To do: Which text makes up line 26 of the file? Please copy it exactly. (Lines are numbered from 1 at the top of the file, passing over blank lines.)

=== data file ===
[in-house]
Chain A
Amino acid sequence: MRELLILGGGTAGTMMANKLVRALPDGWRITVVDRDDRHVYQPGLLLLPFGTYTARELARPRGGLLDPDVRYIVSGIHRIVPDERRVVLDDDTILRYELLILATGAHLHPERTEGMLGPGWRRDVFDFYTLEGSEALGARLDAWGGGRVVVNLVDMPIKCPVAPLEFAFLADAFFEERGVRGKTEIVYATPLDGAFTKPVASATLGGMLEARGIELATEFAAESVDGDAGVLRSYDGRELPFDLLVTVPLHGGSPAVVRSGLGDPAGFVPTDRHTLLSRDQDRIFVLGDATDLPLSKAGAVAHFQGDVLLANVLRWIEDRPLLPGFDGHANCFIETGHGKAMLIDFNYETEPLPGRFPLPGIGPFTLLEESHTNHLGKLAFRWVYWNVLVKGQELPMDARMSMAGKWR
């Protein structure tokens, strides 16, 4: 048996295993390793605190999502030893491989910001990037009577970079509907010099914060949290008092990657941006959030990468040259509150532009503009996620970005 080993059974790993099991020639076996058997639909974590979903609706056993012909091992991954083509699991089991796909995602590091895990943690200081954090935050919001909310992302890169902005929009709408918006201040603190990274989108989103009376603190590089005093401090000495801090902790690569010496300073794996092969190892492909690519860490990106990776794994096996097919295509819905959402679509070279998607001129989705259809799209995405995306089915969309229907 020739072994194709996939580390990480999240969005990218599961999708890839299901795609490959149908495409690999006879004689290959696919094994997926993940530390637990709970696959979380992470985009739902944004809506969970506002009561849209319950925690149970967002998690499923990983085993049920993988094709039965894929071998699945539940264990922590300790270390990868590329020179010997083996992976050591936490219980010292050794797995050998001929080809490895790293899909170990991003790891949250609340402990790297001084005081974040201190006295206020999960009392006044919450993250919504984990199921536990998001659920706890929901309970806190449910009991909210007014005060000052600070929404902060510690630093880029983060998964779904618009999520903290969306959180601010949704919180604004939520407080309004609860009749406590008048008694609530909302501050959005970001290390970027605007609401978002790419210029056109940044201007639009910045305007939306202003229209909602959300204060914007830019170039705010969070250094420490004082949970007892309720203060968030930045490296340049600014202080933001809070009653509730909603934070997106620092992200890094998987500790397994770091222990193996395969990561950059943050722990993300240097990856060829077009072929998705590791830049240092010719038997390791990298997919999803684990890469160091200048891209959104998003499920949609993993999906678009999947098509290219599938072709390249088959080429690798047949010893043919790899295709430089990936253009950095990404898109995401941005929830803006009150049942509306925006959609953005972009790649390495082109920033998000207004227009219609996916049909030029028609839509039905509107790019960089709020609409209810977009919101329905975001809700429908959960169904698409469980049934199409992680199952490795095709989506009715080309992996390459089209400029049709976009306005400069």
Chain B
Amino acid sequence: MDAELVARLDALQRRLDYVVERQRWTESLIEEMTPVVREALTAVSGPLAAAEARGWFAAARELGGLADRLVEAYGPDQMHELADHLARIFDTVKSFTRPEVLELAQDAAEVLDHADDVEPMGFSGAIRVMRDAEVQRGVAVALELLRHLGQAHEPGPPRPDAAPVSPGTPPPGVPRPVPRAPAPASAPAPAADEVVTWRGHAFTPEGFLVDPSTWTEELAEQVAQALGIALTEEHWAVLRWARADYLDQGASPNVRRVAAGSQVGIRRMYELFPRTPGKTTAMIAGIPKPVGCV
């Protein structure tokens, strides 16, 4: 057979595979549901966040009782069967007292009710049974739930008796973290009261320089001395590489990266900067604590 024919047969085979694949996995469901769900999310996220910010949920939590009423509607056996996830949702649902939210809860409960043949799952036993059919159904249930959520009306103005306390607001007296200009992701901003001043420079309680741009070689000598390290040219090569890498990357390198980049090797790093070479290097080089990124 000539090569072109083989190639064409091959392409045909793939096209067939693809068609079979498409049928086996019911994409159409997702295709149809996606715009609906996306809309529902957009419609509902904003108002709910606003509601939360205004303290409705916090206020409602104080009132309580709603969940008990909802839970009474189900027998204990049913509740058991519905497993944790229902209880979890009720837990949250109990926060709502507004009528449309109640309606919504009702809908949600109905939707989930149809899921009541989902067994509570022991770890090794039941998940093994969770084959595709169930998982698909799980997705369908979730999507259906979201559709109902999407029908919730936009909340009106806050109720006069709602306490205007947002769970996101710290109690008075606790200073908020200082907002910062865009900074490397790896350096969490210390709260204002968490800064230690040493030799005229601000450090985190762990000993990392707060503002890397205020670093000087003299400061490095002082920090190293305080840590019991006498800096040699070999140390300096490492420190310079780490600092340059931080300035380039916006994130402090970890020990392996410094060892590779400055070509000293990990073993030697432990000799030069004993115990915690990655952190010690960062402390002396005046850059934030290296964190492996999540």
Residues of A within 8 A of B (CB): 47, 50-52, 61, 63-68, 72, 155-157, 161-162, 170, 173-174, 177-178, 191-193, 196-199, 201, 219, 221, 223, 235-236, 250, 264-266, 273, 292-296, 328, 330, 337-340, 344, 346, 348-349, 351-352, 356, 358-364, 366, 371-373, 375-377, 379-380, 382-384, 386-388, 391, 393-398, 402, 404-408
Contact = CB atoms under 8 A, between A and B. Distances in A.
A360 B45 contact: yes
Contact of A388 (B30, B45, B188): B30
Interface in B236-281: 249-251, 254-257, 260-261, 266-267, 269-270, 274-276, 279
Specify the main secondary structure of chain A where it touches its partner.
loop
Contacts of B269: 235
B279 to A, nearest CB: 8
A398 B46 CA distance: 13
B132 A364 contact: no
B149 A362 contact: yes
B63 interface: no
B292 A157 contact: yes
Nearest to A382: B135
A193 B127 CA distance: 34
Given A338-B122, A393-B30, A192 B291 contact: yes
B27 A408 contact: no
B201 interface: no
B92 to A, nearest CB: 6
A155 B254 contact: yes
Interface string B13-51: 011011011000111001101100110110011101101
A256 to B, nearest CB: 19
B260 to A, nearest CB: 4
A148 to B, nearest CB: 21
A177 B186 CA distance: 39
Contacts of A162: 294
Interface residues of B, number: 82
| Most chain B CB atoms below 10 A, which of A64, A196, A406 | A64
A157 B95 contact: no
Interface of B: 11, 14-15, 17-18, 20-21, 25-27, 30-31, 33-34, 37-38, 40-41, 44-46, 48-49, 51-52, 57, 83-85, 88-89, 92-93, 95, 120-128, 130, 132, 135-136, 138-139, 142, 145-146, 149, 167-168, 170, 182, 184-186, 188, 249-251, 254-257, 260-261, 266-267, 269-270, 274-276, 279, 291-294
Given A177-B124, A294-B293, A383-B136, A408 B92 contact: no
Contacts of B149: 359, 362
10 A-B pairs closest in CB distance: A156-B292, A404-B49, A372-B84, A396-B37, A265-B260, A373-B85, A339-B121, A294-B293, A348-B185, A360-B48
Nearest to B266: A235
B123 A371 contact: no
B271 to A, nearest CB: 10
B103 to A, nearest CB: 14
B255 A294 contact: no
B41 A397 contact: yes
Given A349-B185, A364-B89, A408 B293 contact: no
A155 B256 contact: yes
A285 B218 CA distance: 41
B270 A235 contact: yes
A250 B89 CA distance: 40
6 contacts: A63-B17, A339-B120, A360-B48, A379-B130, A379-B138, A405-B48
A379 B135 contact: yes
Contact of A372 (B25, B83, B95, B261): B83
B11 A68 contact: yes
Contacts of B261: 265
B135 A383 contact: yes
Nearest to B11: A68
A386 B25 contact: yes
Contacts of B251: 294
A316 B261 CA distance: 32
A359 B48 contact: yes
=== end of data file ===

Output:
B201 interface: no